“Move along!” the soldier shouted angrily. He prodded the man in the small of his back with the shaft of his spear. “Next time you stop, you’ll feel the sharp end!”
Asa picked up the pace a bit. One of the other men was slightly ahead of him, but the third man had fallen even farther behind. Asa felt for him a little, but he figured he would only need to keep pace with this third man, which would not be difficult. Asa had been treated roughly, and he had to admit rightly so, for he was a thief, at best! But this one had been brutalized. He could barely stand by now, much less walk, and even less, carry the crossbeam for his cross.
As he looked back, Asa saw the Roman soldier grab the sleeve of a man in the crowd along the street where they marched. The road they travelled led to a hill outside of Jerusalem where criminals were put to death. The three of them had been condemned to die on crosses, but Asa wasn’t sure this third man would last long enough to die the horrible death of a Roman crucifixion.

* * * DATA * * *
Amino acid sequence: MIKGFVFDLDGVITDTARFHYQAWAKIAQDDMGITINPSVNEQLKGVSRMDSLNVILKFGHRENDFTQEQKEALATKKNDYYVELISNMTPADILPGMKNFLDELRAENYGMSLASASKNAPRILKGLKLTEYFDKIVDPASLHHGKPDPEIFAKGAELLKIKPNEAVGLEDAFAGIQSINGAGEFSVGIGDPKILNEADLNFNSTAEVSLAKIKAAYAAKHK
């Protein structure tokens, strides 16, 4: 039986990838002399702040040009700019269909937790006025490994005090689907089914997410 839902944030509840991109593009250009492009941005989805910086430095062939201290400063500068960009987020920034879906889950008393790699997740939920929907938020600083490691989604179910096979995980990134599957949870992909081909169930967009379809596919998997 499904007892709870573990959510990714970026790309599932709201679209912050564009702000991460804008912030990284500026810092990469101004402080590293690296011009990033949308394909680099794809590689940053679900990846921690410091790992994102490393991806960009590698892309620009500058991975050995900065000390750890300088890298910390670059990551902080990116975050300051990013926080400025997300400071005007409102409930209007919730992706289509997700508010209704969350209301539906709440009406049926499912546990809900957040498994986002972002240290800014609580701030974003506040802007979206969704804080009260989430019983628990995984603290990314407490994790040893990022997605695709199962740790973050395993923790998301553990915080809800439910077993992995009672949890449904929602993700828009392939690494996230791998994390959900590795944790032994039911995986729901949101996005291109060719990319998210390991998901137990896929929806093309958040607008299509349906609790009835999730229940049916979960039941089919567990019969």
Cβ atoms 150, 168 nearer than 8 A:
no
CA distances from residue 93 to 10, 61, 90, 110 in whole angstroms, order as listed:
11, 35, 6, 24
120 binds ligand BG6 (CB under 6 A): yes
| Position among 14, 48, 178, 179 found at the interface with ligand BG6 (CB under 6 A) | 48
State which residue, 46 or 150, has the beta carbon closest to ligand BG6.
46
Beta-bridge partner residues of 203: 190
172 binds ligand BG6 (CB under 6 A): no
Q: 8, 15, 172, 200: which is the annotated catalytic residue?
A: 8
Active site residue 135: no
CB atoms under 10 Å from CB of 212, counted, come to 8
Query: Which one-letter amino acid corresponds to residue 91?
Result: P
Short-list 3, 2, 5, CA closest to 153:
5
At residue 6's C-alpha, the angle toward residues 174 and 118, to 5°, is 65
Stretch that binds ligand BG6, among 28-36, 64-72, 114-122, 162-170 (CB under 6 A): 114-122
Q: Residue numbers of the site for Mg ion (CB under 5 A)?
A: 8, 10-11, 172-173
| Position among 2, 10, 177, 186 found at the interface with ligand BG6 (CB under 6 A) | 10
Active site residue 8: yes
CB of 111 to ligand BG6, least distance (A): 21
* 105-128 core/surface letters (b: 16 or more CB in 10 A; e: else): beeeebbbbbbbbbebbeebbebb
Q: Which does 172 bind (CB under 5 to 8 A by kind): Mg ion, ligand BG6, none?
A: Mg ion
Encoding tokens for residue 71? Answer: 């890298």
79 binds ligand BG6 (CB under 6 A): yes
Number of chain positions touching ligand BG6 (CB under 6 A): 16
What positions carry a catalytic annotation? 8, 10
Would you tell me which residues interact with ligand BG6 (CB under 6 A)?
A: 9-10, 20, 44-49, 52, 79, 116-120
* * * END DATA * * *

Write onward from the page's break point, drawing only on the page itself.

The three men had been carrying their own crossbeams upon their shoulders with their arms outstretched and tied to the beams. One of the soldiers quickly untied the arms of the man on his knees and lifted the crossbeam off his shoulders. Then he hefted it up onto the shoulder of this man who had been dragged from the sidelines. “What is your name?” asked the soldier who had grabbed him.
“Simon,” he replied. “Of Cyrene.”
As the soldier released his grip of the beam, leaving the full weight on Simon, he yelled above the crowd, “Carry his cross!” Asa turned back to continue his death-walk and thought that perhaps now this other man just might make it. He might last long enough to be crucified after all!